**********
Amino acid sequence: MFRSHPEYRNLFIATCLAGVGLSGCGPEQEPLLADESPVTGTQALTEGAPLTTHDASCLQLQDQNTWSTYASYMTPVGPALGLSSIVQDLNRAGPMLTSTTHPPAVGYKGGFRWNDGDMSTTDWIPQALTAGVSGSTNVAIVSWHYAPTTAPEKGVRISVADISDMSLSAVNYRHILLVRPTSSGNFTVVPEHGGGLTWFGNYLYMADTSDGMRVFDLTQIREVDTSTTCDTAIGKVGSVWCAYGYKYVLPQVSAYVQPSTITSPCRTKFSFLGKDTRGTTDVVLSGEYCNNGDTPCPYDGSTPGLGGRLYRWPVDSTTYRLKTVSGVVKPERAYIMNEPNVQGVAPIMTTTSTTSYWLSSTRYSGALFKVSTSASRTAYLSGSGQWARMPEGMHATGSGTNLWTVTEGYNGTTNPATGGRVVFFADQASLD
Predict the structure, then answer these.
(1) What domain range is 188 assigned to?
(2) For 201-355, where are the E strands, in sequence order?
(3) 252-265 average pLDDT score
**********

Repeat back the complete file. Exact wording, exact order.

Amino acid sequence: MFRSHPEYRNLFIATCLAGVGLSGCGPEQEPLLADESPVTGTQALTEGAPLTTHDASCLQLQDQNTWSTYASYMTPVGPALGLSSIVQDLNRAGPMLTSTTHPPAVGYKGGFRWNDGDMSTTDWIPQALTAGVSGSTNVAIVSWHYAPTTAPEKGVRISVADISDMSLSAVNYRHILLVRPTSSGNFTVVPEHGGGLTWFGNYLYMADTSDGMRVFDLTQIREVDTSTTCDTAIGKVGSVWCAYGYKYVLPQVSAYVQPSTITSPCRTKFSFLGKDTRGTTDVVLSGEYCNNGDTPCPYDGSTPGLGGRLYRWPVDSTTYRLKTVSGVVKPERAYIMNEPNVQGVAPIMTTTSTTSYWLSSTRYSGALFKVSTSASRTAYLSGSGQWARMPEGMHATGSGTNLWTVTEGYNGTTNPATGGRVVFFADQASLD
Predict the structure, then answer these.
(1) What domain range is 188 assigned to?
(2) For 201-355, where are the E strands, in sequence order?
(3) 252-265 average pLDDT score